July 29, 2007
THE detail springs out at you from the laminated articles that practically sheath his pushcart on the corner of 45th Street and Avenue of the Americas: Mohammed Rahman, owner of Kwik Meal and maker of a widely touted lamb-and-rice platter, once worked as a sous-chef at the celebrated Russian Tea Room.
A native of Bangladesh whose pristine toque reaches nearly to the ceiling of his cramped stall, Mr. Rahman quit the restaurant business in 2000 after he noticed a pushcart near the World Trade Center selling platters of halal food. Intrigued, he ordered a container of chicken and rice. A few greasy bites later, he had concluded that he could elevate the plebeian dish to unprecedented heights of refinement.
“I’m a chef,” Mr. Rahman recalled thinking at the time. “I can serve better food for people from the office. The suit-and-tie people — they will come.”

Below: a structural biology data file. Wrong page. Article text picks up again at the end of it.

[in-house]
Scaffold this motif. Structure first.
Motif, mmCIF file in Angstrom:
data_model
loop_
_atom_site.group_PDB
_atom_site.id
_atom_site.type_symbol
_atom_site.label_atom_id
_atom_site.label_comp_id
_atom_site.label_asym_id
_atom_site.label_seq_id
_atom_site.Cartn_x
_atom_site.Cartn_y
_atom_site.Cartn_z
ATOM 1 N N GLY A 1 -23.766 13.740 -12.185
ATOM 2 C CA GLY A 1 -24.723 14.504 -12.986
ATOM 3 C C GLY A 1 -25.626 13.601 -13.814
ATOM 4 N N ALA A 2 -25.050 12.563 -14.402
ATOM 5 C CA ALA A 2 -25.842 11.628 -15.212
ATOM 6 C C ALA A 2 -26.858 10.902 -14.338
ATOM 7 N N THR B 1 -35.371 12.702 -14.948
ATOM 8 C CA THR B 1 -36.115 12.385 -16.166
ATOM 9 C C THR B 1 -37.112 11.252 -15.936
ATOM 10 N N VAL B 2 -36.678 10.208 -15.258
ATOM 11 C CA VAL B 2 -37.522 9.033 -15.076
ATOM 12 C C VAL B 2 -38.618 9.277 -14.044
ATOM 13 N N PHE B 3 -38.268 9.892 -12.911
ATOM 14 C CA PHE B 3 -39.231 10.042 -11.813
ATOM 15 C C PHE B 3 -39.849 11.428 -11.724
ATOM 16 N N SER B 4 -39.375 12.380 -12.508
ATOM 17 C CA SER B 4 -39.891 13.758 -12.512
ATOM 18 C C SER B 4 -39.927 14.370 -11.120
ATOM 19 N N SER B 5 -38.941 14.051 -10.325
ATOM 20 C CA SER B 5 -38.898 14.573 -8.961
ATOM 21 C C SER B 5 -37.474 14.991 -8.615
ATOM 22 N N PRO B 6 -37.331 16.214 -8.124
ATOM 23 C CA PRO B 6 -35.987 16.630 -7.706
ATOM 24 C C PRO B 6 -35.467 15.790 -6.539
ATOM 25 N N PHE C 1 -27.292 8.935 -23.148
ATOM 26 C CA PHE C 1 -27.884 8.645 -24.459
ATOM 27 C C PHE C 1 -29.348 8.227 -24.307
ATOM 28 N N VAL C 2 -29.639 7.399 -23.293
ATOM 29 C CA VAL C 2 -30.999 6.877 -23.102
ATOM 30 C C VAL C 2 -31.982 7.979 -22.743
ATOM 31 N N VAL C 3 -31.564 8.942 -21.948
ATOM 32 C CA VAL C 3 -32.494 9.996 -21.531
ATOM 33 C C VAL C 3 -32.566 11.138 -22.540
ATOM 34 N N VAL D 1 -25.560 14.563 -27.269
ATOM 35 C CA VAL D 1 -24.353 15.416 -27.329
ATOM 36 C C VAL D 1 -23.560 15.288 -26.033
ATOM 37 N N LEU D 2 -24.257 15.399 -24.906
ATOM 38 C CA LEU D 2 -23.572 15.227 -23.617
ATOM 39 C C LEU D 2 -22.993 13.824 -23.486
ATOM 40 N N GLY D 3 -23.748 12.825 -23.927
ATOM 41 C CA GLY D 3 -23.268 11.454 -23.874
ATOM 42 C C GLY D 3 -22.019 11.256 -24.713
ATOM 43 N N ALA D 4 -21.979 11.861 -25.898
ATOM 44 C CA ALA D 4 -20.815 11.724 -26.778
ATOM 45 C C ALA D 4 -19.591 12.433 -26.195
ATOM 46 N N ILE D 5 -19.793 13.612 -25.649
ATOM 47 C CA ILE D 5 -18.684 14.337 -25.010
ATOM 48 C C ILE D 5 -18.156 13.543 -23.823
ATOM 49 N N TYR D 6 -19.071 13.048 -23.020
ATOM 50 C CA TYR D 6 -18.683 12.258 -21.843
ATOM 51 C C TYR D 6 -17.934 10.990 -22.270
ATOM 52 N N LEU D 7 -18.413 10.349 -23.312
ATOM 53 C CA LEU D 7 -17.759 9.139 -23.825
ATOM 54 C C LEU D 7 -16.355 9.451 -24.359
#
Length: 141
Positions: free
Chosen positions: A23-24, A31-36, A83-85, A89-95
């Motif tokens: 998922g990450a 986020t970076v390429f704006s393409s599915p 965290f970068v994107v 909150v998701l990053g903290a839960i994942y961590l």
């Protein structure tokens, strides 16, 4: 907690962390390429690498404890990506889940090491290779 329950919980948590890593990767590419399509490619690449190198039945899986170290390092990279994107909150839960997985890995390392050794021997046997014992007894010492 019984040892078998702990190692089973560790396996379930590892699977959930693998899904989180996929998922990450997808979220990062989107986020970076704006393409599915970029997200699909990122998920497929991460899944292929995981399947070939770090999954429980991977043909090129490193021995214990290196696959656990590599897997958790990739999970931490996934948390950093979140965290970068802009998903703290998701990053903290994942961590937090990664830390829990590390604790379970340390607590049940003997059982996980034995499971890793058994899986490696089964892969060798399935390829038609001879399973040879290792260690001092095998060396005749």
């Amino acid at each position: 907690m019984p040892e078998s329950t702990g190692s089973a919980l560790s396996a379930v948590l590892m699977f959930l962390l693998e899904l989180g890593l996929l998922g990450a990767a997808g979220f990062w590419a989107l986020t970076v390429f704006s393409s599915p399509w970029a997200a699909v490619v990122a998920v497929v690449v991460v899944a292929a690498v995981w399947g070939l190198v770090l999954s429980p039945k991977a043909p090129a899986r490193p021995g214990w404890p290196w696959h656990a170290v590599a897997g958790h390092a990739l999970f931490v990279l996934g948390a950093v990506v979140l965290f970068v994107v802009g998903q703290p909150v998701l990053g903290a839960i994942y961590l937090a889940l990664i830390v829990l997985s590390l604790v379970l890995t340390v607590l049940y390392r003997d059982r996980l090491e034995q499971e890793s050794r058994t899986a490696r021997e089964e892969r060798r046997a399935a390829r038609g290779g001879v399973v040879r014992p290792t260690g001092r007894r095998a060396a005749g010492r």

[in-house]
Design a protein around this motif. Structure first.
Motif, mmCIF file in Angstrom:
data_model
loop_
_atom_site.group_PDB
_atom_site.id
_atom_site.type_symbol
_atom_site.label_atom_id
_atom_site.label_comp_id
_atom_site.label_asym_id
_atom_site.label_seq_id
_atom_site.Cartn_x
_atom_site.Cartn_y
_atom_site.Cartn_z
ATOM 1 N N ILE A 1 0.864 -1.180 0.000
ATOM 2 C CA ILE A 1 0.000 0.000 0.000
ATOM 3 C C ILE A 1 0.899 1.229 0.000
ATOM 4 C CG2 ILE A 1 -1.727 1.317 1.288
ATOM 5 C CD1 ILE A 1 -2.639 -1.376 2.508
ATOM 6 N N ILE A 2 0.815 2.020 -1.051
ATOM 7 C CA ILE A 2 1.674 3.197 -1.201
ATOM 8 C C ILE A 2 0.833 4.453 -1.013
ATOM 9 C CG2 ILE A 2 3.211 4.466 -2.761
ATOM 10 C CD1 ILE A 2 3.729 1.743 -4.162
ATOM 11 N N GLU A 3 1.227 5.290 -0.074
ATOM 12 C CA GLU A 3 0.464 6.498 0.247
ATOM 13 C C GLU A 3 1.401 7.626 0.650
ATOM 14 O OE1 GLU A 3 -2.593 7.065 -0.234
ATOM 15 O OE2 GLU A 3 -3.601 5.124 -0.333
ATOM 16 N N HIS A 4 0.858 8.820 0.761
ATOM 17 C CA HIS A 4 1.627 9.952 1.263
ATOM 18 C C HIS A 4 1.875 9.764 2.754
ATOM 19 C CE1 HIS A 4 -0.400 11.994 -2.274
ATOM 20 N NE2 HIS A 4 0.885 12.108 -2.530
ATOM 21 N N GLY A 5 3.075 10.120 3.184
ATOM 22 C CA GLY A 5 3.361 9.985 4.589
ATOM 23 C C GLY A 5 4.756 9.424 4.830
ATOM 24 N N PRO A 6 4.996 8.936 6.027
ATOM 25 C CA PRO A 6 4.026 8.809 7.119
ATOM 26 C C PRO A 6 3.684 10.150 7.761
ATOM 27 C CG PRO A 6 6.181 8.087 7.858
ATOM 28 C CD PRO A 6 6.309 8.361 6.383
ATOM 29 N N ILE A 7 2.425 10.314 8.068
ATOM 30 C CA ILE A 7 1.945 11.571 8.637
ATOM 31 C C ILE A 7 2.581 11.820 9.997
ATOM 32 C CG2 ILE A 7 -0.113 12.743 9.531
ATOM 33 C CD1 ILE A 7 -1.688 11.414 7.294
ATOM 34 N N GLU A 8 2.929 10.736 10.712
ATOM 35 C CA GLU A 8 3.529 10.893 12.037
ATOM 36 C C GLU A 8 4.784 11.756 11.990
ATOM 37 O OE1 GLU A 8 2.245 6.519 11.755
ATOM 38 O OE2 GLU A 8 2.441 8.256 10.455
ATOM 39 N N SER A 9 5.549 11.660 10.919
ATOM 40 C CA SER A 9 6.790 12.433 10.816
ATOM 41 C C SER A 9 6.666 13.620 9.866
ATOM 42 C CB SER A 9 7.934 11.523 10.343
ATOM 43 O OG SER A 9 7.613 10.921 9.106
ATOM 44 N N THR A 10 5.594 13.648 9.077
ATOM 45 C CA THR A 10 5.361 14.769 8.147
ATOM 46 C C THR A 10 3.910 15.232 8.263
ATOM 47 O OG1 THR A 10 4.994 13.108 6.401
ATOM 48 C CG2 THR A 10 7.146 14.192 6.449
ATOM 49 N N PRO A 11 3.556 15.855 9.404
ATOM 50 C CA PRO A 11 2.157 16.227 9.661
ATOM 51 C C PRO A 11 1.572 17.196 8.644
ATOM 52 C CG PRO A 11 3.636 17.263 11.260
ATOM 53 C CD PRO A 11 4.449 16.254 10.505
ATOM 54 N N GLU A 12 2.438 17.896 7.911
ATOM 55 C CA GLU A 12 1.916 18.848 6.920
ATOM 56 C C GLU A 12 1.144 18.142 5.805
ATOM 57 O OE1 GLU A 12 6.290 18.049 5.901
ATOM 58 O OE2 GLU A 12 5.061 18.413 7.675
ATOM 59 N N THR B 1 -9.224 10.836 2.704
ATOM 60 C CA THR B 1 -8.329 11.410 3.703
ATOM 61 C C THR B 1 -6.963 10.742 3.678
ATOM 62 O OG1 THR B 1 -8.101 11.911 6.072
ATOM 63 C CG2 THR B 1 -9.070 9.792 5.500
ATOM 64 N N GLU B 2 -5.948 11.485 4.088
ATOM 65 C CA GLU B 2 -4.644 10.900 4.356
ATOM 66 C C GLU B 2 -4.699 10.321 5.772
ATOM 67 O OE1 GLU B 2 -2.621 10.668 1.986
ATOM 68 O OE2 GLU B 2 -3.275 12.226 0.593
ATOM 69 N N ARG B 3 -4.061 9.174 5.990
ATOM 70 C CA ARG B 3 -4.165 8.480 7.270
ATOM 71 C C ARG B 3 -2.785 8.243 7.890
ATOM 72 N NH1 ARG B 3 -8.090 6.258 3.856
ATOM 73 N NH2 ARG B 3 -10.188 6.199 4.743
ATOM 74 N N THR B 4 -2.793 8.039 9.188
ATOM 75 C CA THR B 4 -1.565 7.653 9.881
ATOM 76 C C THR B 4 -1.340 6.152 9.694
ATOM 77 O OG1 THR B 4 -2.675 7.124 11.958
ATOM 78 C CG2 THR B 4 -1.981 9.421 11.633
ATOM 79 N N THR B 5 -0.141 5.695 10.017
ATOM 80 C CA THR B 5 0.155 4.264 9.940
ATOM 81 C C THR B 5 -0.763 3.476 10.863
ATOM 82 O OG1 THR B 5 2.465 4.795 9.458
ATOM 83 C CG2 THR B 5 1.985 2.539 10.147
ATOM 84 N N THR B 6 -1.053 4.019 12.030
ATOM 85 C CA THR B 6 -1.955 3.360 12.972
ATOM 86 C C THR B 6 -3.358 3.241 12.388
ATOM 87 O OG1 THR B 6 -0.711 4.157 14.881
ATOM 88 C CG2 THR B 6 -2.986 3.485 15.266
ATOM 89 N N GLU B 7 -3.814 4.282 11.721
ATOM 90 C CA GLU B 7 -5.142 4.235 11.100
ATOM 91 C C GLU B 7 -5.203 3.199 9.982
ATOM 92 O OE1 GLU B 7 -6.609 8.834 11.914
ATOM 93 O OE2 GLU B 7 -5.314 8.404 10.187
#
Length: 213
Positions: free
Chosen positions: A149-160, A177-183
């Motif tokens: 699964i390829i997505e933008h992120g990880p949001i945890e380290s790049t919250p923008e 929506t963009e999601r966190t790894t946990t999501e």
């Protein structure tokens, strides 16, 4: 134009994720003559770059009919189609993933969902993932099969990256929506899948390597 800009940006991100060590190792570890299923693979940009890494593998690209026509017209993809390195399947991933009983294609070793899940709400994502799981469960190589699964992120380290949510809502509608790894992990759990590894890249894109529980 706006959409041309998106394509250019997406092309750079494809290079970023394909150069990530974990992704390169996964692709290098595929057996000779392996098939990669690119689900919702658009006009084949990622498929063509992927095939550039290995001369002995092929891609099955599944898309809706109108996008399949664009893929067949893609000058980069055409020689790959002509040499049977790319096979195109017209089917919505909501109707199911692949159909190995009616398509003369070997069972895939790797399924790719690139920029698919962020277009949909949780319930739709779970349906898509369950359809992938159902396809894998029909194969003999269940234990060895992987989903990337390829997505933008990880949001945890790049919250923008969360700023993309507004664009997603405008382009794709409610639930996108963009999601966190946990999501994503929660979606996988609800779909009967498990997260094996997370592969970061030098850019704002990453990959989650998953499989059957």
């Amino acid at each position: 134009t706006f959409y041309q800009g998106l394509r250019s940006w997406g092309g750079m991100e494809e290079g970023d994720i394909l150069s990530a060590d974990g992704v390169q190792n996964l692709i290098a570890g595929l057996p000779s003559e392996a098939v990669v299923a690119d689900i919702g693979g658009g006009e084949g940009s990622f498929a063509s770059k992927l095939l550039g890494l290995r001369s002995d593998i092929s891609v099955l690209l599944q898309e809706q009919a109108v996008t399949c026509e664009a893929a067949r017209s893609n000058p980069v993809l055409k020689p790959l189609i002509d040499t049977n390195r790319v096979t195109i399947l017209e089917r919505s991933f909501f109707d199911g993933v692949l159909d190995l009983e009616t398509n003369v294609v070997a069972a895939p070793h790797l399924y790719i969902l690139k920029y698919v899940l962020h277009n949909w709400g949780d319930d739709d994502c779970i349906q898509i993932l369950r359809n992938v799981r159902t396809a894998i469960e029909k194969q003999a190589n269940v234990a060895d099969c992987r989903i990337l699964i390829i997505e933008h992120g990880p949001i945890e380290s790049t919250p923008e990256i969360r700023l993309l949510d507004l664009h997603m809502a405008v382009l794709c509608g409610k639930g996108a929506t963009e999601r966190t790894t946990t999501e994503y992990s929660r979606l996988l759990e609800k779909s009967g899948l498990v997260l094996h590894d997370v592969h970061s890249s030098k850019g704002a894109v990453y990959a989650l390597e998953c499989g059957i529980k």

Back then, the sight of a gourmet halal cart might have caused some passers-by to raise their eyebrows. But in recent years it has become increasingly common to see purveyors of $4.95 lamb-and-rice platters displaying glowing reviews and drawing huge crowds. It’s become increasingly common to see purveyors of $4.95 lamb-and-rice platters, period.
Although the city doesn’t collect statistics that distinguish between different types of street food, halal vendors generally agree that their ranks have swelled in the last five to eight years, prompting the obvious question: How did the halal platter become the city’s new hot dog?